A fish-rich maternal diet is linked to birth weight

  • Amezcua-Prieto C & al.
  • BMJ Open
  • 17 Aug 2018

  • curated by Elisabeth Aron, MD, MPH, FACOG
  • Clinical Essentials
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Takeaway

  • Women who eat more fish during pregnancy have lower rates of infants diagnosed as small for gestational age (SGA).

Why this matters

  • Fish consumption has been associated with a higher IQ and extended gestation time and may affect fetal body composition.
  • Concern for environmental contamination with methylmercury and polychlorinated biphenyls has led regulatory agencies to warn about overconsumption of some fish and consumption of "safer" species during pregnancy.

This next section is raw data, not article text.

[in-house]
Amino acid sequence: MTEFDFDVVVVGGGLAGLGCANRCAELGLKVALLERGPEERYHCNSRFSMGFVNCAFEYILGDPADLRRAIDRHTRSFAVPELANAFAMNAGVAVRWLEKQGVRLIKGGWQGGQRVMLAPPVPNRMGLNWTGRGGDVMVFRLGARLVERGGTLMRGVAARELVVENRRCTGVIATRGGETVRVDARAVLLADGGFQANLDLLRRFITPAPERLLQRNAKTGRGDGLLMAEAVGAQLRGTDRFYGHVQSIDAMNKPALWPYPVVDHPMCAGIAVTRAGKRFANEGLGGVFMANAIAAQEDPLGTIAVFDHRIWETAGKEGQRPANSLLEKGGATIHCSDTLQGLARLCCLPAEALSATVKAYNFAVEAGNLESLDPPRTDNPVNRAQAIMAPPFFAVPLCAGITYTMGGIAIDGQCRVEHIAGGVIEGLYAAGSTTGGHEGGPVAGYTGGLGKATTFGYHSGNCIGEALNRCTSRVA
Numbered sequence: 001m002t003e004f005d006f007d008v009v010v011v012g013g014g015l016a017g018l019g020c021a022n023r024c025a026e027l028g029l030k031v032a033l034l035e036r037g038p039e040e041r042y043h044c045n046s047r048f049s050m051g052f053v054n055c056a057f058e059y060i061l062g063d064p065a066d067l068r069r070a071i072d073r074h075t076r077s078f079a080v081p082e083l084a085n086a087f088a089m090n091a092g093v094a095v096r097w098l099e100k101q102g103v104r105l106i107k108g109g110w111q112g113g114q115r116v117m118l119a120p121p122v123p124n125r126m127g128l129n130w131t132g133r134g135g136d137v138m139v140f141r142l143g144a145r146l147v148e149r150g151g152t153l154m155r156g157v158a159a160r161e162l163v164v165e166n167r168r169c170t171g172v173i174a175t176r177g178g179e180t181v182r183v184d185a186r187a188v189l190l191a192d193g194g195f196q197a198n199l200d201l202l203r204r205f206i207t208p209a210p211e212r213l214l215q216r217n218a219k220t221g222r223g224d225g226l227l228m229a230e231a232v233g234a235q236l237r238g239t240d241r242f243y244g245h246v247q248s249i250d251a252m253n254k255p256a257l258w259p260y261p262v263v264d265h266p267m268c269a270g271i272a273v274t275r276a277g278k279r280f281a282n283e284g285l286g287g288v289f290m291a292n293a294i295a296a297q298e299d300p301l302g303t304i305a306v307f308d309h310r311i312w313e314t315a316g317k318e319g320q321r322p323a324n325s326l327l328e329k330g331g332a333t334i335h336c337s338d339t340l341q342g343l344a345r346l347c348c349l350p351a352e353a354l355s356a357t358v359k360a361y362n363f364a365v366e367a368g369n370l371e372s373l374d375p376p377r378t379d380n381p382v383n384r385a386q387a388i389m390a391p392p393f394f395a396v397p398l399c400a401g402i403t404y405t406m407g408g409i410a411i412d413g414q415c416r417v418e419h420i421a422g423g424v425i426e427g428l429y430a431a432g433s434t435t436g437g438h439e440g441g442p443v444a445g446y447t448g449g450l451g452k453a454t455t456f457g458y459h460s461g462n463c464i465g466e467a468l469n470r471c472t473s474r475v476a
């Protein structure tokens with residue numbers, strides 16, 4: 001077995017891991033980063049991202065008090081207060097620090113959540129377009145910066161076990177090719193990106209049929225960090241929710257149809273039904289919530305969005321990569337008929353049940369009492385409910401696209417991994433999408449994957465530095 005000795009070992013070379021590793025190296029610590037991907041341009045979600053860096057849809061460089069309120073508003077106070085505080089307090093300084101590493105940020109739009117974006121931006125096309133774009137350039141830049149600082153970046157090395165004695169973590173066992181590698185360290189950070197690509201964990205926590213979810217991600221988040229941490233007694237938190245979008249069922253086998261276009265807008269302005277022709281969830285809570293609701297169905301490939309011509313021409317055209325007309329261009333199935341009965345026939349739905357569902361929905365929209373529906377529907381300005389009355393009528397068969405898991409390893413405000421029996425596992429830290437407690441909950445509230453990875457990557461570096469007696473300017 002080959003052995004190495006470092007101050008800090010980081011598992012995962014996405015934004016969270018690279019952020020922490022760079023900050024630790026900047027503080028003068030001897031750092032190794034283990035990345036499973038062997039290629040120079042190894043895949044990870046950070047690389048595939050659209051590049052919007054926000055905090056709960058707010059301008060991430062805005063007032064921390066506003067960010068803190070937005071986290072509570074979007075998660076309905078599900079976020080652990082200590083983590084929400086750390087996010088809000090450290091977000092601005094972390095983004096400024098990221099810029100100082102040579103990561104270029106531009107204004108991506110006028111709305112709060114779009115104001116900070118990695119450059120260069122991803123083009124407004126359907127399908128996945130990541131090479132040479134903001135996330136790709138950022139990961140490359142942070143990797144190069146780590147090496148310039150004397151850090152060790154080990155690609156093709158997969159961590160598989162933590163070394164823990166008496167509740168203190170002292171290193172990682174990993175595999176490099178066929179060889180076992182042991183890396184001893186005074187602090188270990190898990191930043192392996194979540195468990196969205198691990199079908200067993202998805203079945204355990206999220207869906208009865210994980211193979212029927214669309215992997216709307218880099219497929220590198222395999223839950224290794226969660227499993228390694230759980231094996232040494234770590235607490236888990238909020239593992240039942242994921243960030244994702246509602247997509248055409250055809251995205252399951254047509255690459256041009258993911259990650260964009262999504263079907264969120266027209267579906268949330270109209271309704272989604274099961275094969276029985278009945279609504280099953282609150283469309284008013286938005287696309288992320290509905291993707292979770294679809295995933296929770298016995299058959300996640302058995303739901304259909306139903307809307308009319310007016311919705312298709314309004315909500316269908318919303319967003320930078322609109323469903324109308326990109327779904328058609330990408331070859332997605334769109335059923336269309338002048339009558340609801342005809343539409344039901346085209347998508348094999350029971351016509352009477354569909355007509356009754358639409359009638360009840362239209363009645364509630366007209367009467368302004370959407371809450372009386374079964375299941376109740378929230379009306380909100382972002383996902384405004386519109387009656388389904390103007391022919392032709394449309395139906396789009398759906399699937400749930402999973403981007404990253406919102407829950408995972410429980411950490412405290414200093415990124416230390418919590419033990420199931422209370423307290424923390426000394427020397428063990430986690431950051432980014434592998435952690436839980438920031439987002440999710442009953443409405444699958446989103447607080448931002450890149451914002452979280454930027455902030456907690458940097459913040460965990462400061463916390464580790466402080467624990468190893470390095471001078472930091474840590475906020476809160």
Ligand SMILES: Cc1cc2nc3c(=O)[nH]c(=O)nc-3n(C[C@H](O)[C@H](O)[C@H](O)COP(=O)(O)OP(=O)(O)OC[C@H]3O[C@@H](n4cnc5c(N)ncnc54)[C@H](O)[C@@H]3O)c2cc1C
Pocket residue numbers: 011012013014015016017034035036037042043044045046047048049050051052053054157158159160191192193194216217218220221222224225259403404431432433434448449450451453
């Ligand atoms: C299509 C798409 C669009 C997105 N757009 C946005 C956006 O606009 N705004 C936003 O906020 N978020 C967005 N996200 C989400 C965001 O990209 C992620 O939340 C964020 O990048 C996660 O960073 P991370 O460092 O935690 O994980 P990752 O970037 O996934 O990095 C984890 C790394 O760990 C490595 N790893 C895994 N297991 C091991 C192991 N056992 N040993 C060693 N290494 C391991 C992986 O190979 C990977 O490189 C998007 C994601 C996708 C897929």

• SGA is associated with perinatal complications.

Key results

  • A higher fish intake was associated with lower risk for SGA (fish intake >29 g/day: aOR, 0.63; 95% CI, 0.41-0.98).

Study design

  • Case-control study of cohort taken from 5 hospitals in Spain between 2012 and 2015.
  • Healthy women with uncomplicated pregnancies were included.
  • Women with SGA babies were compared with control women (SGA is defined as birth weight
  • Data on fish consumption were collected through interviews, clinical charts, and medical records.
  • Funding: The National Institute of Health Carlos III.

Limitations

  • Data subject to recall bias; participants may not accurately quantify how much and what type of fish was eaten.
  • This study only assessed for weight; other neonatal and childhood outcomes were not addressed.
  • Results may not be generalizable to other communities.

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